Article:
[Tagging] Subject: Feature Proposal - RFC - highway=social_path

John Willis johnw at mac.com
Wed Jun 15 14:03:34 UTC 2016

> On Jun 15, 2016, at 9:56 PM, Robert Whittaker (OSM lists) <robert.whittaker+osm at gmail.com> wrote:
> if two paths have identical surface and width
> characteristics

The issue I have is that they do not have similar characteristics, yet get rendered the same. It's like if all tracks were rendered as residential roads. Sure, there are residential roads bordering on tracks, but easily confusing them would be a nightmare. 

If they did that in OSM, a user would delete any App based on OSM in 3 minutes in Japan. Being tricked by a map into thinking you have a real "city road" to drive on  but are instead directed to a muddy 1.2m wide hole through the bamboo or some double-track along the top of a berm in a farming field would possibly get me stuck in the mud for hours. 
The exact same thing is true for "foot path" and "trail" - the assumed usage for a sidewalk and a "trail" are so different! 


Long story ahead, not vitally important. 

Speaking only through my experience, "trails", paved city walkways, and rural tracks are very different. The hundred or so old paper maps I have used - all old park maps and trail guides from many sources - all these maps reliably and consistently separate such types of routes. Ones that don't are less useful and are forgotten. OSM can easily show this information because it can show the nuanced detail (3 grades of roads in GoogleMaps vs a lot in OSM-carto). 

My ex girlfriend in a wheelchair made me look upon our sidewalk system in the US differently. Having a mother with numb toes from chemotherapy means any balancing out on uneven surfaces is dangerous. Coming to Japan and seeing a much larger - and much more drastic (and dangerous) separation between (boggy) trails and concrete walkways through a garden - and their insane incompleteness and carelessness in their creation and maintenance of regular footways means carefully mapping where sidewalks disappear abruptly into a wall and force people into narrow shoulders on trunk roads. all of this requires attention and consideration greater than the rendering the -carto is rendering now *if your goal is to navigate via looking at a rendered map, which o still want to do.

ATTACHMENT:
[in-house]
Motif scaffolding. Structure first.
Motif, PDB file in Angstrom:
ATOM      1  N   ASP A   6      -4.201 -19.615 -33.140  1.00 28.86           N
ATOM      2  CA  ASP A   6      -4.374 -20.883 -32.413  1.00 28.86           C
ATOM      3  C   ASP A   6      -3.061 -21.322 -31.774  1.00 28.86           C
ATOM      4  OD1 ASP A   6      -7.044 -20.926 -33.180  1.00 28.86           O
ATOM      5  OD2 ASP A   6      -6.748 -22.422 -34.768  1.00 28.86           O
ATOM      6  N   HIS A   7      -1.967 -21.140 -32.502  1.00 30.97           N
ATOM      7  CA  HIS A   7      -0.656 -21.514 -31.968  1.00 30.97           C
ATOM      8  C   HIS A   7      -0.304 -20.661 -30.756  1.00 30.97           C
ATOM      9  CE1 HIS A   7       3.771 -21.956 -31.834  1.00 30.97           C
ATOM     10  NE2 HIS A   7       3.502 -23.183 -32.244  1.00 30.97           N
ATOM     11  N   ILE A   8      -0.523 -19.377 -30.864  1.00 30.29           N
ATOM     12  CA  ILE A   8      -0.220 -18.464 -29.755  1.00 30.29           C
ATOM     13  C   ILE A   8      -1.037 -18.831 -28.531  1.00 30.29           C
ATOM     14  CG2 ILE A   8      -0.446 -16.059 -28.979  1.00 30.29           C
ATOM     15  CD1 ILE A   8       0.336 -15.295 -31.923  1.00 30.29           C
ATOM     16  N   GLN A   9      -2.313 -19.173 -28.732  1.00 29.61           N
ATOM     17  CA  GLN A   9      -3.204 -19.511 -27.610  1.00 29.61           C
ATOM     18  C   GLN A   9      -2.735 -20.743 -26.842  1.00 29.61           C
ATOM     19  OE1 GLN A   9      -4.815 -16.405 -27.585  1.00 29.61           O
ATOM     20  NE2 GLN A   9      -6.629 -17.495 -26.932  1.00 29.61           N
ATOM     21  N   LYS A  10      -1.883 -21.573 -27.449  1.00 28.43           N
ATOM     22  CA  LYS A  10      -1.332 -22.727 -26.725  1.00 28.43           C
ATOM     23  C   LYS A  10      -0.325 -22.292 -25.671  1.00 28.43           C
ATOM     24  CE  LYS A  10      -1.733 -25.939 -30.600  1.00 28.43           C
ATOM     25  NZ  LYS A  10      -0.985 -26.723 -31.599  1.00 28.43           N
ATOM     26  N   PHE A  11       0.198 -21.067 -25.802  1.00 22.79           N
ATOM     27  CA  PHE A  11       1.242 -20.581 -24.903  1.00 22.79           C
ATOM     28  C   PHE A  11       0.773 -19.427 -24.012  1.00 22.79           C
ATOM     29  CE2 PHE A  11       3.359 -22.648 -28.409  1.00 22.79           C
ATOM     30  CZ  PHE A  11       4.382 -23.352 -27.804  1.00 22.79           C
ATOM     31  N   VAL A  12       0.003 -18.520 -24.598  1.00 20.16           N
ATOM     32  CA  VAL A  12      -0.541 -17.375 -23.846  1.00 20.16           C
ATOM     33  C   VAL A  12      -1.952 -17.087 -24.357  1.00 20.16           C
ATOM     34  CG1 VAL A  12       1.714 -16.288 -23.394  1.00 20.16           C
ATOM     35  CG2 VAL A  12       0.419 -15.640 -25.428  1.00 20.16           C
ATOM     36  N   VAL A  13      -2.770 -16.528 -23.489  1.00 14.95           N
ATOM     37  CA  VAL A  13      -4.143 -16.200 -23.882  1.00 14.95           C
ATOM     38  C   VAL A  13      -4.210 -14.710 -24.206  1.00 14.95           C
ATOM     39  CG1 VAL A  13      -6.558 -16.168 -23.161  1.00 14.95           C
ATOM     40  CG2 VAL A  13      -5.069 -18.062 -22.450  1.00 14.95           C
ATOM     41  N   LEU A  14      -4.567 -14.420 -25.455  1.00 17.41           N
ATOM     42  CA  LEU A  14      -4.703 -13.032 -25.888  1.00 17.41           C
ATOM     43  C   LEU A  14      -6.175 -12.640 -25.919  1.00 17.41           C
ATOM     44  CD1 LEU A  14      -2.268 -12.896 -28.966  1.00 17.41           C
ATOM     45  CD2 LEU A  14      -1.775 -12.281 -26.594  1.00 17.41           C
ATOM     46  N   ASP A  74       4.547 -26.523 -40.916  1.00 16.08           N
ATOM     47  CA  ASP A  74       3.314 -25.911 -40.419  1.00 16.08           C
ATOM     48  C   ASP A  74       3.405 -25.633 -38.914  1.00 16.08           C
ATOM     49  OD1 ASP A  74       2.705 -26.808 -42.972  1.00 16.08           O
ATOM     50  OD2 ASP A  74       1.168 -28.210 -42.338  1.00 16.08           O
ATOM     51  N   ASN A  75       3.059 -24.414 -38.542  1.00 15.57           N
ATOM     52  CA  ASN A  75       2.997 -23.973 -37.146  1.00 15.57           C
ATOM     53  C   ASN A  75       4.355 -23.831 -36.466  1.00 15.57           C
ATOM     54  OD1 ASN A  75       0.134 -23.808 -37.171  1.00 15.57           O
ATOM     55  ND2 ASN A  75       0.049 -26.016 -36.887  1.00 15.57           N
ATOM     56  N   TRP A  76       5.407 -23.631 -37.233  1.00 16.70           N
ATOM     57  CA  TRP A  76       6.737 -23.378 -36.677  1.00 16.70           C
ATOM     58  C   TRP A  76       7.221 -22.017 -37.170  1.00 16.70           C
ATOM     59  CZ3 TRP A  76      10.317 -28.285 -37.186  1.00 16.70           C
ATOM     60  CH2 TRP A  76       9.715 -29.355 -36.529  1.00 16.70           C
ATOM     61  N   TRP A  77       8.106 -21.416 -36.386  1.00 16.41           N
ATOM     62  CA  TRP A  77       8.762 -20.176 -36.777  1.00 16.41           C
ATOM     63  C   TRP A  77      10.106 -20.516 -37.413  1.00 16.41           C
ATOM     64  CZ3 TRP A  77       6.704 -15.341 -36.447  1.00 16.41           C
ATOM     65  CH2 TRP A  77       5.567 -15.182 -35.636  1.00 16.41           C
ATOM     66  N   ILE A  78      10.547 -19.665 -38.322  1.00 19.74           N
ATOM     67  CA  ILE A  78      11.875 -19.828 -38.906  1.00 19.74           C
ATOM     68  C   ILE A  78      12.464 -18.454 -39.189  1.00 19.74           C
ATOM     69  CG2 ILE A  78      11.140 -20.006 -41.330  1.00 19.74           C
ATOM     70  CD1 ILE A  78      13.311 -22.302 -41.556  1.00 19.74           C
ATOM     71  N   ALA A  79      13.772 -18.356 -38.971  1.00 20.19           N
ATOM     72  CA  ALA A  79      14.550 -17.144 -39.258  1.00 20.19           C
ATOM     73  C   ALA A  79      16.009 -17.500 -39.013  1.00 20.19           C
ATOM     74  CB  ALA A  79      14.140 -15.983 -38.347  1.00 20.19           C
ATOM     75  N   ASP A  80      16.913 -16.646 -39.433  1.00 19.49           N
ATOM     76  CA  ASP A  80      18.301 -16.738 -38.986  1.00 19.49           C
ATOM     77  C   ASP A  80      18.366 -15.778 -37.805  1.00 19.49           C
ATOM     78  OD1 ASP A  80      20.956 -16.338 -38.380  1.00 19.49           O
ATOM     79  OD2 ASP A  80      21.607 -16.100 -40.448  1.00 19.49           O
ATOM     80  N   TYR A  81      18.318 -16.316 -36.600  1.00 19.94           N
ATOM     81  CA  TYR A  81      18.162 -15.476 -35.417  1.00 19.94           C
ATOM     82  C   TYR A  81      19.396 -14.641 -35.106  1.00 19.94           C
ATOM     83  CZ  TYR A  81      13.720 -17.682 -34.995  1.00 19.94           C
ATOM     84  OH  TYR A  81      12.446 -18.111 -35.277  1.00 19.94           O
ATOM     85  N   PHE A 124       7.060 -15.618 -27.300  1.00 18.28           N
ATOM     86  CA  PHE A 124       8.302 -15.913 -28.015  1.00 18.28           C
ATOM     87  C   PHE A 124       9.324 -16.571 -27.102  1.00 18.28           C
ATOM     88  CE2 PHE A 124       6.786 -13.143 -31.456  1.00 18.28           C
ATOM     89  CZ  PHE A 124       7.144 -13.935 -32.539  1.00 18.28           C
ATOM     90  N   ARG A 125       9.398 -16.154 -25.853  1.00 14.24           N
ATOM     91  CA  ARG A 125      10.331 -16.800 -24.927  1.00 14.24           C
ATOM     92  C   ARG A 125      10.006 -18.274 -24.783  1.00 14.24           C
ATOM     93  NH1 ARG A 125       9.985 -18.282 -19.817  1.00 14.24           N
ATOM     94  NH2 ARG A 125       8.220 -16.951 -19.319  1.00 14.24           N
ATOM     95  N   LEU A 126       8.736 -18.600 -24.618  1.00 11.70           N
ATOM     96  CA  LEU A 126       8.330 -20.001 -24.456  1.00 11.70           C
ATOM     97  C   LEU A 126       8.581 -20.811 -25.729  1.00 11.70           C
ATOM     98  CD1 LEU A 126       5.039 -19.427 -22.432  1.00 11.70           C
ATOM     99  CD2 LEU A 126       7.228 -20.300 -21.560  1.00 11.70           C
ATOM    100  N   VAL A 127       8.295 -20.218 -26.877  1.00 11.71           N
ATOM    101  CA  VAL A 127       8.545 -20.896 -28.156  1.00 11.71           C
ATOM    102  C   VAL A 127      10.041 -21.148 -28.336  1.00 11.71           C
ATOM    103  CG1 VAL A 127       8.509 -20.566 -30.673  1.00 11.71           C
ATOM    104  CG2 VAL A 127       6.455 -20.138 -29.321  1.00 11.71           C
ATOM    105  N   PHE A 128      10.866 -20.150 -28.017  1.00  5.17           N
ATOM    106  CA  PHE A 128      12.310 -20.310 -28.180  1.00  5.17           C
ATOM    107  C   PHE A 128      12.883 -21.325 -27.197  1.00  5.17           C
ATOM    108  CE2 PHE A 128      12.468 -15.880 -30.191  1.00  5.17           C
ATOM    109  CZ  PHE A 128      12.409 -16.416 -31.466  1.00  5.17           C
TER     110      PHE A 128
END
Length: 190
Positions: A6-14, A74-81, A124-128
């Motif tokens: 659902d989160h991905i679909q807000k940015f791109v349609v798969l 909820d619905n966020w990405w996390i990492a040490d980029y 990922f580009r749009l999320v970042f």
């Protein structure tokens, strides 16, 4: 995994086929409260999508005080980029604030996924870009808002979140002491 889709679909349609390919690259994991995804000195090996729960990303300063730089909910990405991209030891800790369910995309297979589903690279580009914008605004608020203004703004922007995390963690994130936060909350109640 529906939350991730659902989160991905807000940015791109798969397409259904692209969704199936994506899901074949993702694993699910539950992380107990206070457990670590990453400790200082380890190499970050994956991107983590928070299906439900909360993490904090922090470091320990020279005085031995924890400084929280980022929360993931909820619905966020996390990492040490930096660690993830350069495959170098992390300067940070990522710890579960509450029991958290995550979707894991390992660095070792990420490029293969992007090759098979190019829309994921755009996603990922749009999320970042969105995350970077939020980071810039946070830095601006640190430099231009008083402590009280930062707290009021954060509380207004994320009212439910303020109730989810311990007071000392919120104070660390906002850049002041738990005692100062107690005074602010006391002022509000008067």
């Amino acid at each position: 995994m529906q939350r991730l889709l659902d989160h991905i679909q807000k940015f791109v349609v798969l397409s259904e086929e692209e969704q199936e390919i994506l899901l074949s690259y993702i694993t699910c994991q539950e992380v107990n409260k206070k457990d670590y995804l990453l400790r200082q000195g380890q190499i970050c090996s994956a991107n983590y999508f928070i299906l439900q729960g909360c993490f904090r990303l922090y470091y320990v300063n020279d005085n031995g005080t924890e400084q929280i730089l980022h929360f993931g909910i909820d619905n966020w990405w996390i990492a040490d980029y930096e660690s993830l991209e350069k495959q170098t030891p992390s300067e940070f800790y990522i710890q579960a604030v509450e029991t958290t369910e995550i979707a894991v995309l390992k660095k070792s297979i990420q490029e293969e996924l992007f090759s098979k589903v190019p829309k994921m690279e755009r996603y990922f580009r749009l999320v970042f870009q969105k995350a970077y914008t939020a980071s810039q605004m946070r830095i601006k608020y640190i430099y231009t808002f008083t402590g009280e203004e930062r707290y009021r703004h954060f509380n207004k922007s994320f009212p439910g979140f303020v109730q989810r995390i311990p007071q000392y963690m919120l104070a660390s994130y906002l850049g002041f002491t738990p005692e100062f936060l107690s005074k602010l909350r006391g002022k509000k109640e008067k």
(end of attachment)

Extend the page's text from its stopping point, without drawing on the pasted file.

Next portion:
It is weird to say, but some places can be defined with less tag values. I tell All my Japanese friends that everything in America  can have a "wide variance" - safety, food, cities, poverty, neighborhoods, etc compared to Japanese ones - but Japan has a wider variety of physical conditions mixed all together in very close proximity - roads drastically narrow, infrastructure piled on top of each other, land uses radically changing every 25 meters, it is a crazy complicated place. I know there are other places in the world probably even more complicated - but being able to define those differences through tagging (and rendering) seems to be a way to make a batter map. Local data providers already provide such detail because it is what has to be shown to let you properly imagine the conditions that exist. 

All of these things maybe can be replicated by combinations of tags about width and surface and wheelchair=* - but there is something so profoundly easy and understandable buy saying "this here is a city walkway" and "this here is a rough path" - they both imply so much. 

I understand that that must vary by country - but so does every country's implementation of "what is a primary road" - but that has not given rise to lumping all =trunk through =track  roads into the same group. 


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